Tuesday, September 13, 2011

An Orthodox Woman who no longer says She Asani Kirtzono

Written by MFB, and taken from the comment thread on "Sometimes its ok to change the liturgy; sometimes it isn't"

I'm an orthodox woman who stopped saying the bracha of sheasani kirtzono about 15 years ago. Strangely enough, the fact that my husband and other men in my life say shelo asani isha every day doesn't bother me nearly as much as the idea of shelo asani isha as a "consolation prize" bracha. I guess I learned the explanation that shelo asani isha has to do with the number of mitzvot one is obligated to do when I was very young and just never really questioned it. (I thought that explanation is in the gemara, why do you say it was created long after?

[DB: I mis-communicated earlier.The Jerusalem Talmud and Tosefta say the the reason for the blessing is that women are not obligated in Mitzvot. The suggestion, I think, is that this makes men superior to women, just as free Jewish men are superior to non-Jews and slaves. Other sources rely on the reason given by the Tosefta and the Jerusalem Talmud though some also introduce social explanations, or suggest this is just a way of reaching 100 blessings. The business about women being on a higher spiritual level, came much later I think.]

Although now that I think about it, it does seem strange to say that the absolute number of mitzvoth is what matters rather than the amount of time one spends doing mitzvoth. (There are some mitzvoth that are performed very infrequently or take very little time to perform while others are done often and take up a good chunk of one's time)

The bracha of sheasani kirtzono always bothered me much more. It seems that the woman is acknowledging that it is somehow "better" to be a man, but is accepting her lower status as being G-d's will similar to how we accept other evils in the world that we don't understand as being somehow part of G-d's master plan. I never felt comfortable saying a bracha that implied that I wish I were a man. I am sure that being a man has some advantages that as a woman I could never understand (whether spiritual, practical or otherwise) but I do not think that being obligated to wear tzitzit, sit in a sukka and count sefirat haomer could possible make up for the spiritually uplifting experiences of pregnancy, childbirth and nursing a baby. But then again, what do I know, I'm just a woman.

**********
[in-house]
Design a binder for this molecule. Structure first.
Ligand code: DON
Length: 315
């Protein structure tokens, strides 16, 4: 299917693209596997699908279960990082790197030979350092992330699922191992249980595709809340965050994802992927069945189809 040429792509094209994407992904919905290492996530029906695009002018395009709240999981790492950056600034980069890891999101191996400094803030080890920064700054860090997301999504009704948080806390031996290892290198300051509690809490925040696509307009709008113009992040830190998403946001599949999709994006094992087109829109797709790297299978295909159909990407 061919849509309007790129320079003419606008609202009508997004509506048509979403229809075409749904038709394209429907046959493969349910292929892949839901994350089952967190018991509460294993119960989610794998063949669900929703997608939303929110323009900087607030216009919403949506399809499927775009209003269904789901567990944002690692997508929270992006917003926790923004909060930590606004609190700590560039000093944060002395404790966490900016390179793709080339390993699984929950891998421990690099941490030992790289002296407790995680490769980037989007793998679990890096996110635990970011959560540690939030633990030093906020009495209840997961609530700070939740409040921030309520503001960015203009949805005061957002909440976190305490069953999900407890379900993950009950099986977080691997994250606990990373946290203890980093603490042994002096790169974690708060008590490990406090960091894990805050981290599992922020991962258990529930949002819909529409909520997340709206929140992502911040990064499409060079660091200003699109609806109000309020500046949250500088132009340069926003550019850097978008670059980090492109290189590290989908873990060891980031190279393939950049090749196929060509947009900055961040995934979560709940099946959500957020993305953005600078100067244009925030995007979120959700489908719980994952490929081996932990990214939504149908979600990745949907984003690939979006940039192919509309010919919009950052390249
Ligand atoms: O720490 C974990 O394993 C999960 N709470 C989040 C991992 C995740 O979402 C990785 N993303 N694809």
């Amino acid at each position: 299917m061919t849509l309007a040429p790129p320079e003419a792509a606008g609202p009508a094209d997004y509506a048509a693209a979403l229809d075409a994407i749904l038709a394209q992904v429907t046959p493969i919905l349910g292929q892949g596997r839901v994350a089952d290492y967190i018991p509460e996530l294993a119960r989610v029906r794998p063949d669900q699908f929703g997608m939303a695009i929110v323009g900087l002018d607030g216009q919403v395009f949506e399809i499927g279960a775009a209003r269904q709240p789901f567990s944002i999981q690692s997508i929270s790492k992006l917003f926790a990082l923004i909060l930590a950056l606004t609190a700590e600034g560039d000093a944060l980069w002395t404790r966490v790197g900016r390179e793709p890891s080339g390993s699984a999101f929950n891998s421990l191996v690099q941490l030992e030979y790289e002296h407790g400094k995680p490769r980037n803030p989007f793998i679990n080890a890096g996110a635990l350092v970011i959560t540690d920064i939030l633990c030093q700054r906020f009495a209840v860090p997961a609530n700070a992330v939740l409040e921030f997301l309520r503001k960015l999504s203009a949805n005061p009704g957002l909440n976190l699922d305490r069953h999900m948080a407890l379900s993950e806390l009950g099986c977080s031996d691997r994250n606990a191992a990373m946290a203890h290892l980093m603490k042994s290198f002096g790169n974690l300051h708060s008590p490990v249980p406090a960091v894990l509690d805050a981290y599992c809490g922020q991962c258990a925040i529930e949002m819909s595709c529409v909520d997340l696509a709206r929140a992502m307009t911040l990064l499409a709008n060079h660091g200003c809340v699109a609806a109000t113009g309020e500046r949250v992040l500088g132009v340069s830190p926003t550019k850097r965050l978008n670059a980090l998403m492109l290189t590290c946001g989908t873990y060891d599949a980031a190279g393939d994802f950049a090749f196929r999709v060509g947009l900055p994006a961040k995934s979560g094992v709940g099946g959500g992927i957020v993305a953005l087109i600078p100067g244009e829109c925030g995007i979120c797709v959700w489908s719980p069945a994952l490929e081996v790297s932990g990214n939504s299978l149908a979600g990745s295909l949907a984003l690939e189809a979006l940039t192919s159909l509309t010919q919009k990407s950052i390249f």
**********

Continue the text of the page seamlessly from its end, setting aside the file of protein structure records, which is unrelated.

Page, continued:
I get that maybe 2000 years ago women might have actually felt that they had somewhat of a lesser status and therefore the bracha was appropriate, but what annoys me most is the modern apologetic spin given to it today. Women, we are told, have fewer mitzvot because they are on a higher spiritual level to begin with. So the bracha of sheasani kirtzono is thanking God for making us according to His will as higher spiritual beings. Huh?? By that logic are non-Jews on a higher spiritual level than Jews? Has any slave being offered freedom ever said, "thanks, but no thanks. I'd rather stay a slave with fewer mitzvot because it keeps me on a higher spriritual level?" And, as I said before, is spirituality measured by the actual number of mitzvot one does or by the kavana and amount of time spent absorbed in mitzvot?

When I got married 18 years ago I was under the mistaken impression that I should start davening in my husband's (Sephardi – edot mizrach) nusach (even though he didn't really care what nusach I daven in.) I noticed that in those siddurim women say the bracha of shelo asani isha without God's name (since it is a bracha that does not appear in the gemara.) I remember learning that these brachot are mentioned in the gamara in the context of trying to say 100 brachot a day and it seemed silly to me to say a bracha that I don't agree with and without God's name so it doesn't even help me reach the 100 brachot. Better to just have a piece of chocolate after I finish davening and make a bracha on that, so I just stopped saying the bracha altogether.

Truth is, the bracha I really want to say (but don’t because of halachic issues of changing the nusach of the tefilla) is one I saw years ago in a Conservative siddur. It had both men and women saying "sheasani b'tzalmo". Now, wouldn't it be wonderful to wake up every morning and thank God for creating you in His image?

Sorry for the long post. Just needed to vent a little.

No comments: